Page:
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Feb 19, 2020 - 6:15:34 PM
369 posts since 12/14/2008

So I have just got a banjo that the heel is not exactly for right and the flange is touching and not allowing the heel to sit tight against the rim. I think I could take it off and sand it to where it needs to be. I should be able to cut that myself right?

Feb 19, 2020 - 6:44:43 PM
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Players Union Member

Helix

USA

12345 posts since 8/30/2006

Yes a Dremel, some filing, with care and patience, it should be fun.

Feb 20, 2020 - 12:55:47 PM

369 posts since 12/14/2008

Thanks for the reply. I’m pretty handy as I’m an electrician and have working skills with lots of materials. But I’m not a neck builder by any means. Any tips on how to cut or file? Or should I just take a little from where I think it needs it and then hold the neck on the pot and look at it and file some more? Thanks

Feb 20, 2020 - 12:57:48 PM

369 posts since 12/14/2008

Also it seems like a Dremel would be a really good tool for this job. Maybe some sand paper. A file might be hard to get the right curve of the pot. What do you think?

Feb 20, 2020 - 1:15:07 PM
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3780 posts since 5/12/2010

A dremel is a good tool for stuff like this, but if all you need to do is add some clearance to the cut for the flange you can do that with a file, or a proper sanding tool.

I save the cut offs from rolling tension hoops and tone rings in my ring roller, and these make useful sanding blocks by gluing sandpaper or other abrasive to the pieces of brass. I use things like this to fine tune heel cuts all the time.

You can heat a file and bend it in a curve, then harden it again and have a useful tool. The curve only needs to approximate the curve of the heel cut to work, and a little tighter curve on the file will make it easier to use.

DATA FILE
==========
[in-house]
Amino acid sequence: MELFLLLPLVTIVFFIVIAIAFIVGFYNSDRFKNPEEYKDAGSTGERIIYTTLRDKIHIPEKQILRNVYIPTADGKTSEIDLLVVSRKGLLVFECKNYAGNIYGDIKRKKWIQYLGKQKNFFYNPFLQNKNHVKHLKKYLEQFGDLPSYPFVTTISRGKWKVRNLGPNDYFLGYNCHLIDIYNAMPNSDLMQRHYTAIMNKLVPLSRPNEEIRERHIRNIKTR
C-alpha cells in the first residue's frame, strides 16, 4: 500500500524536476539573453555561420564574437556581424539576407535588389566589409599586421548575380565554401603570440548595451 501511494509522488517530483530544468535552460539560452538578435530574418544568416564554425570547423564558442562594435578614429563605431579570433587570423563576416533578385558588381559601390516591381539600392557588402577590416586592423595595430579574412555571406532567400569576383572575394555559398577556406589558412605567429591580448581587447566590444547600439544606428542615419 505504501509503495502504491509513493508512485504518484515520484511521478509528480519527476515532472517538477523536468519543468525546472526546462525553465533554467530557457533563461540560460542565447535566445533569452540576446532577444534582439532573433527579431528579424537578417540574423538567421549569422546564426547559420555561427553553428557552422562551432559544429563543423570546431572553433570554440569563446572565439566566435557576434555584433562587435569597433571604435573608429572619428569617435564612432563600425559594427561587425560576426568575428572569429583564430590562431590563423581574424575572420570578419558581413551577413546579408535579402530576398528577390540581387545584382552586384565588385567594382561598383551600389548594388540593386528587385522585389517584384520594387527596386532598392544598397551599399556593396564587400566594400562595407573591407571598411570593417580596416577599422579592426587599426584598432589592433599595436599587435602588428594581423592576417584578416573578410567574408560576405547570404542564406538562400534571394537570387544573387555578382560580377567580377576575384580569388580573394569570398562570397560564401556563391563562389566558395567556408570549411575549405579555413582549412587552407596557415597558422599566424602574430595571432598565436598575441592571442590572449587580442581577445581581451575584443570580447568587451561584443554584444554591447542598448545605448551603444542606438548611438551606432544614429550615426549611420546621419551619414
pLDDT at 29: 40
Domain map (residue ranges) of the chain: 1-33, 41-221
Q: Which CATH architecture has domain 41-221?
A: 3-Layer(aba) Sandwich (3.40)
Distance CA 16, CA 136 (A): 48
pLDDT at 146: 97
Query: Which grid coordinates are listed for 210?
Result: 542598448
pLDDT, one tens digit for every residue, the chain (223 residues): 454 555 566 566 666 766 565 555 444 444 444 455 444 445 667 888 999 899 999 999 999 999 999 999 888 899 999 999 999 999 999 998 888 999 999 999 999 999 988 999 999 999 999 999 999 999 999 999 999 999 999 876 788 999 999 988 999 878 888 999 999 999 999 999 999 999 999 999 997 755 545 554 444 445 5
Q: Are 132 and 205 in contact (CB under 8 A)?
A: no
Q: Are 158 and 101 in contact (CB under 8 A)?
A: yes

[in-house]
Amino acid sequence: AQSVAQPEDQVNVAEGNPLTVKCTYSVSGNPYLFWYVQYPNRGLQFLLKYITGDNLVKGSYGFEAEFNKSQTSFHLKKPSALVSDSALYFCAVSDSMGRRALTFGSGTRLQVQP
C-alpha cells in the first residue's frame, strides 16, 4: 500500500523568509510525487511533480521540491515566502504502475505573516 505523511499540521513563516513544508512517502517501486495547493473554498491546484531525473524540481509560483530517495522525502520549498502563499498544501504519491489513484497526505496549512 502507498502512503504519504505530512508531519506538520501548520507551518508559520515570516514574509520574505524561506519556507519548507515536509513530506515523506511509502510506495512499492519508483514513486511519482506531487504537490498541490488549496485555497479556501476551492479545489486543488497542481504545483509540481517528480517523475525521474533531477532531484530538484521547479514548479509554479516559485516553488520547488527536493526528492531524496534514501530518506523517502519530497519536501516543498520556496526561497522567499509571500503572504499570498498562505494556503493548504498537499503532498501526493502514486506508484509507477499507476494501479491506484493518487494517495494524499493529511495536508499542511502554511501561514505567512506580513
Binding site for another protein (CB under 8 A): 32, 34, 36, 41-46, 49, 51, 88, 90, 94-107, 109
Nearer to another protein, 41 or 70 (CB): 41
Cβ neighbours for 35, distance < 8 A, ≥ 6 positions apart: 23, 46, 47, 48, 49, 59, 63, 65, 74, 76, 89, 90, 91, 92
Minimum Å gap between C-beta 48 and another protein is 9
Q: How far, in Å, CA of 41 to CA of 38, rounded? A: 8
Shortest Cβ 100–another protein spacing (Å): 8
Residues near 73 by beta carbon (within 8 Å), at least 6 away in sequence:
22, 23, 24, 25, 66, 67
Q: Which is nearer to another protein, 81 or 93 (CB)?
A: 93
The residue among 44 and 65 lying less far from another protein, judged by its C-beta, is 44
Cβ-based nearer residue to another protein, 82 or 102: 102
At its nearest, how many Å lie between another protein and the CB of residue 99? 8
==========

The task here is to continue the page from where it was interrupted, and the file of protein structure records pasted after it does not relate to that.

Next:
You can do this by first softening the file by heating it cherry red with a torch and letting it cool slowly. Then you can bend it around some sort of form near the desired curve ( an iron skillet comes to my mind ).

Once the file is curved enought to be used, you harden it by heating it again to cherry red and then cool it fast by putting it into a bucket of water.

One thing to be aware of here which might save you some time is the only place this cut needs to be accurate is on each side of the heel. Should be a close fit there for appearance sake, but nobody can see inside the heel so the cut doesn't need to be perfect, just needs enough clearance for the flange.

Edited by - OldPappy on 02/20/2020 13:17:49

Feb 20, 2020 - 1:17:38 PM

12710 posts since 6/29/2005

Are you talking about cutting the neck, or the flange?  A couple of pictures would be very helpful.

Feb 20, 2020 - 1:19:13 PM

3780 posts since 5/12/2010

Hi Ken,

Had not thought of cutting a little off the flange at that point, but I have seen that done too.

Feb 20, 2020 - 2:08:16 PM

369 posts since 12/14/2008

quote:
Originally posted by OldPappy

Hi Ken,

Had not thought of cutting a little off the flange at that point, but I have seen that done too.


Thanks oldpappy. Those are some good tips and I think I got this. I really like the curved file idea. As I mentioned. The neck is not straight with the pot which is how I noticed the problem. When I got the banjo I noticed the strings were at the edge of the fretboard up the neck even with the tail piece and bridge centered. After looking at it I noticed the bottom of the heel was not seated against the pot ever so slightly. I assume it's because the flange is not letting it sit down and the neck is tweaked off center slightly. So if I take out the material in just that gap first I'll be able to see if it corrects the allignment issue. I will report back with what happens but thanks everyone again for the ideas. Any other ideas fire away. 

Feb 21, 2020 - 2:07:05 PM

369 posts since 12/14/2008

Well thanks for the tips. I did it and it worked great. The heel is sitting solid! On another note this thing is a cannon! I was going to sell it but I may not be able to.

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